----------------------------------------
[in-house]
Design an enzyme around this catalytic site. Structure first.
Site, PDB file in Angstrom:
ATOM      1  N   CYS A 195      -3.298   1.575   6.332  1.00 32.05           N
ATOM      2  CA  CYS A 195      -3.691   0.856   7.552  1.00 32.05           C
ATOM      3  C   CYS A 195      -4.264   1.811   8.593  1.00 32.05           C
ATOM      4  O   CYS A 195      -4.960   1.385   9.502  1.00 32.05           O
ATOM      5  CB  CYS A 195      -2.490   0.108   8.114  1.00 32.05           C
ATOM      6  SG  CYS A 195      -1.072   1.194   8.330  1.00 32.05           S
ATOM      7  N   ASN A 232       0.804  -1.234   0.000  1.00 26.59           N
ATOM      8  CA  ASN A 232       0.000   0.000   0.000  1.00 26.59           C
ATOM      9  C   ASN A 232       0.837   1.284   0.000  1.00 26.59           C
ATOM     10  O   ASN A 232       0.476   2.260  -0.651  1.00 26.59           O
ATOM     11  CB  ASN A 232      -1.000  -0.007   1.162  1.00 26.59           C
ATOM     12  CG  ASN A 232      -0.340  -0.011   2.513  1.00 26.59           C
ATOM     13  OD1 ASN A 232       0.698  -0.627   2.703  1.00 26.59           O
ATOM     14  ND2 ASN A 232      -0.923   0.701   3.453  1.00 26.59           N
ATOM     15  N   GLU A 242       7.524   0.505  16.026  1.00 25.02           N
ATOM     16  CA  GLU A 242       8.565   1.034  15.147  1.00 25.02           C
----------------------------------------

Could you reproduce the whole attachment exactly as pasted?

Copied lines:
[in-house]
Design an enzyme around this catalytic site. Structure first.
Site, PDB file in Angstrom:
ATOM      1  N   CYS A 195      -3.298   1.575   6.332  1.00 32.05           N
ATOM      2  CA  CYS A 195      -3.691   0.856   7.552  1.00 32.05           C
ATOM      3  C   CYS A 195      -4.264   1.811   8.593  1.00 32.05           C
ATOM      4  O   CYS A 195      -4.960   1.385   9.502  1.00 32.05           O
ATOM      5  CB  CYS A 195      -2.490   0.108   8.114  1.00 32.05           C
ATOM      6  SG  CYS A 195      -1.072   1.194   8.330  1.00 32.05           S
ATOM      7  N   ASN A 232       0.804  -1.234   0.000  1.00 26.59           N
ATOM      8  CA  ASN A 232       0.000   0.000   0.000  1.00 26.59           C
ATOM      9  C   ASN A 232       0.837   1.284   0.000  1.00 26.59           C
ATOM     10  O   ASN A 232       0.476   2.260  -0.651  1.00 26.59           O
ATOM     11  CB  ASN A 232      -1.000  -0.007   1.162  1.00 26.59           C
ATOM     12  CG  ASN A 232      -0.340  -0.011   2.513  1.00 26.59           C
ATOM     13  OD1 ASN A 232       0.698  -0.627   2.703  1.00 26.59           O
ATOM     14  ND2 ASN A 232      -0.923   0.701   3.453  1.00 26.59           N
ATOM     15  N   GLU A 242       7.524   0.505  16.026  1.00 25.02           N
ATOM     16  CA  GLU A 242       8.565   1.034  15.147  1.00 25.02           C